“A remote world”, this is what awaits us in the coming months, according to the director general of the WTO, the World Trade Organization. According to the expectations of the National Bank, this fall could arrive in Belgium as early as the next quarter, with a fall of 0.2% in GDP from October to December. Worse than the recession, Belgium is plunging into ‘stagflation’, ie an economic slowdown (= decline) combined with rising prices (= inflation).
But what are the causes of this regression? For Oscar Bernal, professor of finance in the management department of the University of Namur, it is the situation we are currently facing that is “quite special”. He explains to me:On the one hand, a supply shock, that is to say companies that slow down their activity because they are faced with a very significant increase in their cost of production due to the price of energy. And on the other hand, on a demand shock, that is to say that households consume less because they are faced with a reduction in their purchasing power due to the decline. It is the combination of these two shocks that leads to a slowdown in economic activity and therefore to a period of decline.”
The short-term consequences of this regression are that companies will initially postpone non-urgent investments in order to increase their production. They will also consider continuing to limit their production, to reduce energy costs. Under current conditions, the risk of bankruptcies is also increasing.
In the medium term, if activity continues to shrink, production is slowed and energy costs are still rising, companies could consider reducing labor costs, which means a hiring freeze even licensees. If there are job losses, households, already affected by a loss of purchasing power, could then be tempted to further reduce their consumption, in anticipation of bad weather. Their consumption would then decrease, which would lead to a drop in demand… It’s a vicious circle for companies.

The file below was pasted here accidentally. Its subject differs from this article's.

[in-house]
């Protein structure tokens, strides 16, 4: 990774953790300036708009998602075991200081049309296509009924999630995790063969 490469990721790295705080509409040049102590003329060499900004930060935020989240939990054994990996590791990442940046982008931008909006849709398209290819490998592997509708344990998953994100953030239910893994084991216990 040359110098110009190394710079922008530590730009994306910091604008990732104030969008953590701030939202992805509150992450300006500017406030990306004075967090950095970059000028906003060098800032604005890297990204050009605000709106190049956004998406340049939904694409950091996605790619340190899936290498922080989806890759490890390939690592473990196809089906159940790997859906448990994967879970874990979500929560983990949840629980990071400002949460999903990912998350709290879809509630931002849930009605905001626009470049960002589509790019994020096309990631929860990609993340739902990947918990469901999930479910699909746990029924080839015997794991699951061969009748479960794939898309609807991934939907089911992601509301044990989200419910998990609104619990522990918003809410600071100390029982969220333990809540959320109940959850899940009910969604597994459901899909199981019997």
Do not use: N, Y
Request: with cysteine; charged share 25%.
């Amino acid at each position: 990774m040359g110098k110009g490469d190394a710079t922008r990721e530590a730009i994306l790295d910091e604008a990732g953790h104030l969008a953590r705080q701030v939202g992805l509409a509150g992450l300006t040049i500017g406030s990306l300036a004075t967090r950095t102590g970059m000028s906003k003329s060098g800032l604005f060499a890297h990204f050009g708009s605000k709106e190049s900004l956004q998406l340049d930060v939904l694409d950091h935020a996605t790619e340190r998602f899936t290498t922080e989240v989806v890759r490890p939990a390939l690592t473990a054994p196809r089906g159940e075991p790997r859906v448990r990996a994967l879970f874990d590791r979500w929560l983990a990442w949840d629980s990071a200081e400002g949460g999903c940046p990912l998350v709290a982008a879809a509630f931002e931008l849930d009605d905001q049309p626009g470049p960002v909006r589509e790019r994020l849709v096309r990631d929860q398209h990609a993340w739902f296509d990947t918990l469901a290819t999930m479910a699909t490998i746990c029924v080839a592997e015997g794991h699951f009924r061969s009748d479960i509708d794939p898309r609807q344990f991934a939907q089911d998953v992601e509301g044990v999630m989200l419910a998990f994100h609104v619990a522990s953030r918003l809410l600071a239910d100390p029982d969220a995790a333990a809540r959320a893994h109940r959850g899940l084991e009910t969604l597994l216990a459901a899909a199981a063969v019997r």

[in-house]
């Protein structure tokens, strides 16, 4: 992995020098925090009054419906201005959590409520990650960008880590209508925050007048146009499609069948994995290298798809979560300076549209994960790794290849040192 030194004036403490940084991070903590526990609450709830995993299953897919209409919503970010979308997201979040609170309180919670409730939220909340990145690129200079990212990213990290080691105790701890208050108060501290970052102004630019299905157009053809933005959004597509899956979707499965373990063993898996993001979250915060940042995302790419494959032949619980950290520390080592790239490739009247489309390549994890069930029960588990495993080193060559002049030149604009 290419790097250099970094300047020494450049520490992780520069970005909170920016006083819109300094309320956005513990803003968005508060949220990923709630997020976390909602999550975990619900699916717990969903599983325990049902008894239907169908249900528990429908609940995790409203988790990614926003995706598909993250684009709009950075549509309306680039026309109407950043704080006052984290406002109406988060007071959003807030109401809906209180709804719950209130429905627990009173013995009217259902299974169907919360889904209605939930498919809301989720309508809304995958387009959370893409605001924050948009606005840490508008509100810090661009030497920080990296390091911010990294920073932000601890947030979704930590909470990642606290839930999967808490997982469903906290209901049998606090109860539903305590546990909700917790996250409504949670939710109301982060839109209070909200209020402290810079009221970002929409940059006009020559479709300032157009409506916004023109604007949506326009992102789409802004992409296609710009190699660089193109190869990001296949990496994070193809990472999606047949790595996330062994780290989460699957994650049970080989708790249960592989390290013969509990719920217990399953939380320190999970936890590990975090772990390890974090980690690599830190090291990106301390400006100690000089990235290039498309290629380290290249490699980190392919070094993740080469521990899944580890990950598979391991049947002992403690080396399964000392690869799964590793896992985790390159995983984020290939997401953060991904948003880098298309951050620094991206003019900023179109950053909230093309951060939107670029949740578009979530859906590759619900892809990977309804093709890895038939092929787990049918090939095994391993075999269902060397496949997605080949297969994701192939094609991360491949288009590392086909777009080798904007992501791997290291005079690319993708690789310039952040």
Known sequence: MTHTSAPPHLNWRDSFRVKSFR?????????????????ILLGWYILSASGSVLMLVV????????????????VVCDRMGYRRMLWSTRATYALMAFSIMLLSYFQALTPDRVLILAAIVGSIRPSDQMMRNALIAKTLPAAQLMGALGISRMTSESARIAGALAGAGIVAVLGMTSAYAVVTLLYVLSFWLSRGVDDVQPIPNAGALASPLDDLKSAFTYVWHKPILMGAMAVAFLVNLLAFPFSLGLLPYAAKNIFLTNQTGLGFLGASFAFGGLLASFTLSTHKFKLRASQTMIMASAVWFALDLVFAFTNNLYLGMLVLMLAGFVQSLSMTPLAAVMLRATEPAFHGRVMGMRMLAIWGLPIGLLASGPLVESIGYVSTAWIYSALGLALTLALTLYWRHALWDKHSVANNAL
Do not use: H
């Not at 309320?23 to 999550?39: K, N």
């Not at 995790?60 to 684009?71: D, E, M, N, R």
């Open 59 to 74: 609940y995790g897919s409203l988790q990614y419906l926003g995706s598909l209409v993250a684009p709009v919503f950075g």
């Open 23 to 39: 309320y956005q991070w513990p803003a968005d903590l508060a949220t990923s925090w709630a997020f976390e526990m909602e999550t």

The Belgian State also affected
Companies and households are not the only ones affected by this decline. The state loses on two counts: on the one hand, it loses tax revenue since economic activity and consumption also slow down. But it must also face an increase in its social expenditure since there are more families to help.
While usually, during a pullback, prices tend to decrease, this is not the case here. Why ? “Pbecause much of the inflation we face is imported inflation through our energy spending. The difficulty here is precisely having to deal with a slowdown in economic activity combined with a sharp increase in prices. This is obviously the inflationary phenomenon that we have been facing for several months now, and which leaves the authorities in a lot of difficulty as to how they must react in order to be able to deal with it”develops Oscar Bernal.
All this causes the situation to be considered worse than the decline, it is “stagflation”.